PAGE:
Judd Trump looking for first Masters win at Alexandra Palace
Last Updated: 13/01/13 8:54pm
Judd Trump: Hoping to see off Neil Robertson and co at Alexandra Palace
World number two Judd Trump hopes to bounce back from his shock first-round UK Championship defeat with victory in the Masters at Alexandra Palace.
That defeat to Mark Joyce last month saw the 'Juddernaut' lose his place at the top of the rankings but he's confident of rediscovering his best snooker again in front of the raucous London crowd.
2012 Neil Robertson
2011 Ding Junhui
2010 Mark Selby
2009 Ronnie O'Sullivan
2008 Mark Selby
2007 Ronnie O'Sullivan
2006 John Higgins
2005 Ronnie O'Sullivan
2004 Paul Hunter
2003 Mark Williams
"I still feel like I am probably playing the best out of anyone at the moment, but I just need to produce it on the big stage again," said Trump, who won the UK Championship 13 months ago and finished runner-up in the 2011 World Championship.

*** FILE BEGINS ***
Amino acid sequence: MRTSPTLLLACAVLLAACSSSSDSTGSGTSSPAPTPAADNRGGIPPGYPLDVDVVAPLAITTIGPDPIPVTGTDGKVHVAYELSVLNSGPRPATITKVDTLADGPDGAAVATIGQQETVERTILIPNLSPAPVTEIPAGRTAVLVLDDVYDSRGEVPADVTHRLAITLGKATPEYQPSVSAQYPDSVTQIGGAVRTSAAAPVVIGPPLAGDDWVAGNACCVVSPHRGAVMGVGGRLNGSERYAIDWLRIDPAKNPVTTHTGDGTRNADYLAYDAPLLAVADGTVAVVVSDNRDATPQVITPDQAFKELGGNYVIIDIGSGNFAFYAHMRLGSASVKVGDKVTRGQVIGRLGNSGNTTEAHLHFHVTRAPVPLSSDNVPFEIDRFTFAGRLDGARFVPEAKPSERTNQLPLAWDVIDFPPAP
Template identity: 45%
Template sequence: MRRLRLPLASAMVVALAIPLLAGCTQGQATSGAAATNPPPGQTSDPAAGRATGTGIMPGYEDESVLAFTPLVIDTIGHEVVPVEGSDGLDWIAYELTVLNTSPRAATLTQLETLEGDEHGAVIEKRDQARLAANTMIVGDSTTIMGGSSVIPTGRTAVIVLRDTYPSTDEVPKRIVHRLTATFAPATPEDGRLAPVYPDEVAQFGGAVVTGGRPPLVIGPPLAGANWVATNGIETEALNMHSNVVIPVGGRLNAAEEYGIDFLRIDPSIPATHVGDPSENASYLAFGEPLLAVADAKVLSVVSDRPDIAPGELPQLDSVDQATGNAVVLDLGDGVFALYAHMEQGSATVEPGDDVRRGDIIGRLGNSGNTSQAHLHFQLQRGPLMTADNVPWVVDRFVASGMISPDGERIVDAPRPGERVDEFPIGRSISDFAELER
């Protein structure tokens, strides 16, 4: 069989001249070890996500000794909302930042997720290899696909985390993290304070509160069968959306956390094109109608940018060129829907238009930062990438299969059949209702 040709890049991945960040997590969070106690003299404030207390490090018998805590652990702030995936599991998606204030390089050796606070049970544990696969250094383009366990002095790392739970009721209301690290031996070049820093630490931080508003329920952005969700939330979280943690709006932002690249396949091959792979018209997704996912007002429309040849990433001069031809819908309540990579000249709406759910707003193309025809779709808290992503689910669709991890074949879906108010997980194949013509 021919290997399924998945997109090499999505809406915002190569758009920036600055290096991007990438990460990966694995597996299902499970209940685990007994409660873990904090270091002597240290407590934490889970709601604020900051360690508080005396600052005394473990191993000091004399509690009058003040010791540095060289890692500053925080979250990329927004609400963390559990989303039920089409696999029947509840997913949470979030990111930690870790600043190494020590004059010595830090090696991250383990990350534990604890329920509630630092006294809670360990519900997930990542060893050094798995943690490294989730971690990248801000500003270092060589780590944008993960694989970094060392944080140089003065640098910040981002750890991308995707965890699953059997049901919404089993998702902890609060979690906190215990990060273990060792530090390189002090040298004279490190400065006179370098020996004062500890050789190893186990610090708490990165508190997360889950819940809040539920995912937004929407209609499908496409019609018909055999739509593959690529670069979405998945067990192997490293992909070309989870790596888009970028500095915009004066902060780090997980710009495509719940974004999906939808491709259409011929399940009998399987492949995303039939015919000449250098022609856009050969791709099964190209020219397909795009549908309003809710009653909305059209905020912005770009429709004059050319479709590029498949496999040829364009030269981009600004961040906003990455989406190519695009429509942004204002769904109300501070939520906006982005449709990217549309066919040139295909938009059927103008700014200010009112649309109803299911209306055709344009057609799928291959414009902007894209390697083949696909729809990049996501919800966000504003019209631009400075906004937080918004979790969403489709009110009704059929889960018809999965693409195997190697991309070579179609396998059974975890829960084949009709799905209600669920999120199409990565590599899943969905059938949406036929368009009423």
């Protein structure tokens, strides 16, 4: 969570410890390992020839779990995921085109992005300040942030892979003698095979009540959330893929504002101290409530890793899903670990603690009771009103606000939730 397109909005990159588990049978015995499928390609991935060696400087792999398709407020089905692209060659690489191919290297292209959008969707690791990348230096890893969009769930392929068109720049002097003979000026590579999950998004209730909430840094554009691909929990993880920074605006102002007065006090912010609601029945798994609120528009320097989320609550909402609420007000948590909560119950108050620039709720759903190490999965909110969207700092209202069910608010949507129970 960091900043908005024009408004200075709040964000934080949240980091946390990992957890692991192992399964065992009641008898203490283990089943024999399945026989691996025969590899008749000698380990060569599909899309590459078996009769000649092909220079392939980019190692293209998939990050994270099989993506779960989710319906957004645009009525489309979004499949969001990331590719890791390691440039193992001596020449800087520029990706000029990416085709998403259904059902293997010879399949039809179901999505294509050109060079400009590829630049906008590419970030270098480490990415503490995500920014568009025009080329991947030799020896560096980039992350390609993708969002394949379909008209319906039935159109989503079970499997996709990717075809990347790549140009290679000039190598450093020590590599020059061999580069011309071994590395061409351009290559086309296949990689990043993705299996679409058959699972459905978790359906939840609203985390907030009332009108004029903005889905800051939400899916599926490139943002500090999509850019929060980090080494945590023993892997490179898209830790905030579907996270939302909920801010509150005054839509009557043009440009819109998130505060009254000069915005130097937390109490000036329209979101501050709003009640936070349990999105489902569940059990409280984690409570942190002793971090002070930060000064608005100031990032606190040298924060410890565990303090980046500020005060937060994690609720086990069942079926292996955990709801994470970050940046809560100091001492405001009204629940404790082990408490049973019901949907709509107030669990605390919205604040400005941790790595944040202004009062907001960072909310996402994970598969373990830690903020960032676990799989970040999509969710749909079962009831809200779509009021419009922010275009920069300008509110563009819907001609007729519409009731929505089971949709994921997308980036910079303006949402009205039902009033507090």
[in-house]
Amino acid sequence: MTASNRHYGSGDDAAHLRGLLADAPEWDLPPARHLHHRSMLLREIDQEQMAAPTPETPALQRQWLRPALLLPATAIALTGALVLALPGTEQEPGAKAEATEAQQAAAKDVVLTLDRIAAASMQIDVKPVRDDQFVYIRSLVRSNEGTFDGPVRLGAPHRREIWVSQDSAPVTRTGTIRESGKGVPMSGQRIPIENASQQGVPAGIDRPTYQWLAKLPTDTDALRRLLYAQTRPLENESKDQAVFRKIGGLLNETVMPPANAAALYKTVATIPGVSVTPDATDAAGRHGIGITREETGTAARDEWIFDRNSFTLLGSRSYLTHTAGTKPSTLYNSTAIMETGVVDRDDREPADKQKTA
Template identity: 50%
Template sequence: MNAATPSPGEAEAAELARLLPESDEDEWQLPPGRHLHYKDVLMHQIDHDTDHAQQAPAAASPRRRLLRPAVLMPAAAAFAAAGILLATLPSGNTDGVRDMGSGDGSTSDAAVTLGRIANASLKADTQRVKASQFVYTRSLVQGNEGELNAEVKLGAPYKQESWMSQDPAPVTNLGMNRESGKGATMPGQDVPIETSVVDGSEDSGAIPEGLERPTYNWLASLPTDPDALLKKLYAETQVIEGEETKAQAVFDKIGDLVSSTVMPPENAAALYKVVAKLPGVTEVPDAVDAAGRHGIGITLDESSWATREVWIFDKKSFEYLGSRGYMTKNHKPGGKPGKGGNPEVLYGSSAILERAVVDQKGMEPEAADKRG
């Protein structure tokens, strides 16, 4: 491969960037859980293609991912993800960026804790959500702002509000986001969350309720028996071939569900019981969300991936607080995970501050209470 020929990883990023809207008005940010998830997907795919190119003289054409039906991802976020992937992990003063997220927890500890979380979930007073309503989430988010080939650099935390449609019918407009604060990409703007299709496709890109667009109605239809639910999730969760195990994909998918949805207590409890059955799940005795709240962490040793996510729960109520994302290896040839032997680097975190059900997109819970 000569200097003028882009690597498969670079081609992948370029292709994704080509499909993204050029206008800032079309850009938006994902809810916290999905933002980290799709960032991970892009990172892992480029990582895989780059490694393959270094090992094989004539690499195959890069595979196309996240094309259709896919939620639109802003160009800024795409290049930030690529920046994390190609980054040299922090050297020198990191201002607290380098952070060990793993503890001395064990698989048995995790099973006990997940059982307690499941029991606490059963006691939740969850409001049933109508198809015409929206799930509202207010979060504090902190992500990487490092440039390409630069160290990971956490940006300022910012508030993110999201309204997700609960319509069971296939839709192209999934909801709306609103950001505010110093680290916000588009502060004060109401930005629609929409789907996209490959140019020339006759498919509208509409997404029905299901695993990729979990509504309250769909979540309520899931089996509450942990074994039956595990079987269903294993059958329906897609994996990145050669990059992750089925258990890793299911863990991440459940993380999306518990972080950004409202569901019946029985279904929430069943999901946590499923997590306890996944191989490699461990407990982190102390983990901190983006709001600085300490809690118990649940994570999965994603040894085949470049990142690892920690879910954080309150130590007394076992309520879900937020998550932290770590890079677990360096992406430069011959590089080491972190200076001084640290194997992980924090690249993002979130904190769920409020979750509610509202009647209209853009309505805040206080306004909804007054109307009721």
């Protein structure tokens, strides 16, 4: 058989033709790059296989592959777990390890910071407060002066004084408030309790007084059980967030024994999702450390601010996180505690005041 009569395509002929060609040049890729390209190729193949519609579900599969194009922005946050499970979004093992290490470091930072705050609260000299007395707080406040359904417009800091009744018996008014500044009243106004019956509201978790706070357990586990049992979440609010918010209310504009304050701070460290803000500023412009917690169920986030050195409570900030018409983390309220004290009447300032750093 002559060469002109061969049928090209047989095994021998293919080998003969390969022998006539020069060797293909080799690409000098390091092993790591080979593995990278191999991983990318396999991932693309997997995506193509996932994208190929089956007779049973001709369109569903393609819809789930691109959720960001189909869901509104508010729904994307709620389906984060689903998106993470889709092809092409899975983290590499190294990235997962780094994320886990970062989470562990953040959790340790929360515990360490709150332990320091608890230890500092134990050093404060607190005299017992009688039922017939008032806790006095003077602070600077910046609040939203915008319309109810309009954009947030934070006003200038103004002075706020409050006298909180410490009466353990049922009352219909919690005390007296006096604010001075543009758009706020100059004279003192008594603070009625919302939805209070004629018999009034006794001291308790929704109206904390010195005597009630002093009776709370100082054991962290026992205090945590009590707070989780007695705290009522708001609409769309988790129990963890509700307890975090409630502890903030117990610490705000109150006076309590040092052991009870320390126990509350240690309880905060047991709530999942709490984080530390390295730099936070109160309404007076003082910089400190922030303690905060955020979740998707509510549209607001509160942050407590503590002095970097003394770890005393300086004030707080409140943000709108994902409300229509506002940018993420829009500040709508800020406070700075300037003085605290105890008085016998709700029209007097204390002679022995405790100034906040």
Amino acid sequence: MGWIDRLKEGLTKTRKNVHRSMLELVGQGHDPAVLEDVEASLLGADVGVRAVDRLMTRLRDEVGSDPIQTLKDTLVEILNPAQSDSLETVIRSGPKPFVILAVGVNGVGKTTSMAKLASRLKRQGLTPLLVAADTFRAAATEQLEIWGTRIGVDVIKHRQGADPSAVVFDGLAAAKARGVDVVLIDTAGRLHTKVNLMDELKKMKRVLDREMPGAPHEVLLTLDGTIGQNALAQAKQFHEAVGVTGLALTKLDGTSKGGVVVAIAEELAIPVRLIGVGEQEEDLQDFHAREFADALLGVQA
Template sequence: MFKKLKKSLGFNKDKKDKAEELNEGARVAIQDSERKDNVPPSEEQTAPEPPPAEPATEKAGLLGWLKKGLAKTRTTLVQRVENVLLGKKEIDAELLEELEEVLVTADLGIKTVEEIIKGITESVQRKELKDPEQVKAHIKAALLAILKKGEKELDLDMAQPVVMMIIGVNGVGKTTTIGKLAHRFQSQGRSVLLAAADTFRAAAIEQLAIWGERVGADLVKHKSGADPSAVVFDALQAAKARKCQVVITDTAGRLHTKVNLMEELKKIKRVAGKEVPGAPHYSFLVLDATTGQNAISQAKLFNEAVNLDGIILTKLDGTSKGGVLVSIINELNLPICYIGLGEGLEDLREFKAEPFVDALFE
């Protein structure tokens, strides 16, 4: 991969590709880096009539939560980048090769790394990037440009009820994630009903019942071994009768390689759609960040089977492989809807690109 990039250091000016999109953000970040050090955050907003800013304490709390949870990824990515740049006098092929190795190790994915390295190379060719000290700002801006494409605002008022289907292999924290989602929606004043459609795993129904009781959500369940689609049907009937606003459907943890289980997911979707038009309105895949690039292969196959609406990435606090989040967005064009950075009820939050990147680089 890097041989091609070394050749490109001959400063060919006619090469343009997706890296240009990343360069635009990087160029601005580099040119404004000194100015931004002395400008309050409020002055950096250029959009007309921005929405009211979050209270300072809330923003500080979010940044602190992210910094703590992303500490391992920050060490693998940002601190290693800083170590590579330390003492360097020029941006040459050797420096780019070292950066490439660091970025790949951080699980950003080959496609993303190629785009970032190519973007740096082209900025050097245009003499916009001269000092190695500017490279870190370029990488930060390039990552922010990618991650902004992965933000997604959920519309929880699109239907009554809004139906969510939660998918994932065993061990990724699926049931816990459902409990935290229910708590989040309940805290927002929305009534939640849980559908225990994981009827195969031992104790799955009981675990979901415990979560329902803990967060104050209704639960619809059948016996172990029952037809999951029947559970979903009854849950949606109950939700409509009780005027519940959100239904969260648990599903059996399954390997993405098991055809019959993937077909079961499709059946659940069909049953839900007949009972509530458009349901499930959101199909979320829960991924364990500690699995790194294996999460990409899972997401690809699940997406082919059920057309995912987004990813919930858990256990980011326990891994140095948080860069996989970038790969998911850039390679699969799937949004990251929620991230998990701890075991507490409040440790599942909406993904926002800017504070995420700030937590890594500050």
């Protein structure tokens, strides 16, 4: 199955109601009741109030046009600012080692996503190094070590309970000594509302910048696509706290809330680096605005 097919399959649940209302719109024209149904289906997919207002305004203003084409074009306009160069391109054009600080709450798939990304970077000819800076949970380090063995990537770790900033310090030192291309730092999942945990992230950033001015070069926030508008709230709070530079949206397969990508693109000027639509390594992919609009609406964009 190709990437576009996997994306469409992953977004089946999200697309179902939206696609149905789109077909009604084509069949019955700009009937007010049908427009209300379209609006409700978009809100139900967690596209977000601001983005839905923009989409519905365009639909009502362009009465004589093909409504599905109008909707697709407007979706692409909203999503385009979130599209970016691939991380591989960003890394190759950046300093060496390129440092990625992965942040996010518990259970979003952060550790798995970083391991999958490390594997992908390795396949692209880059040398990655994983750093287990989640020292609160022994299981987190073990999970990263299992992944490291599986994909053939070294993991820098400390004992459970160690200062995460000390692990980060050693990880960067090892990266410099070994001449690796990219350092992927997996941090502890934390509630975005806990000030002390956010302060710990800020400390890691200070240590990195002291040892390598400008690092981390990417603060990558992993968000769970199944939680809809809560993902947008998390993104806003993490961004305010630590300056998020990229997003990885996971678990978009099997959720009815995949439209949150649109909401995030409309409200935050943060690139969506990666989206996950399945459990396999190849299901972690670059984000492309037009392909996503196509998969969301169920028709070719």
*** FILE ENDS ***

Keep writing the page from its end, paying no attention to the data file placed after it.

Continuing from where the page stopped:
"I haven't played in every event this season so hopefully going into the second half of the season I will be a little bit fresher than some of the people that have played in every event. I have consciously made that decision to try and stay fresh.
"The Masters and the Worlds are the two biggest. I think if I won the Masters I would put it higher than the UK because it is literally the best 16 players at this time, and I like the atmosphere there."
The 23-year-old faces faces Barry Hawkins in the first round on Tuesday.
"I think if I won the Masters I would put it higher than the UK because it is literally the best 16 players at this time, and I like the atmosphere there."
The defending champion is Neil Robertson, who is aiming to join a select group by winning the title for the second year running.
Only Cliff Thorburn (1985/86), Stephen Hendry (1989/90/91/92/93) and the late Paul Hunter (2001/2002) have won the title in successive years so the 30-year-old, who starts out against China's Ding Junhui on Sunday, knows he has a tough job on his hands.
"The way the standard is now, it is very difficult to defend titles. You have to play well from the start. Only a world class player can win it," said the Australian.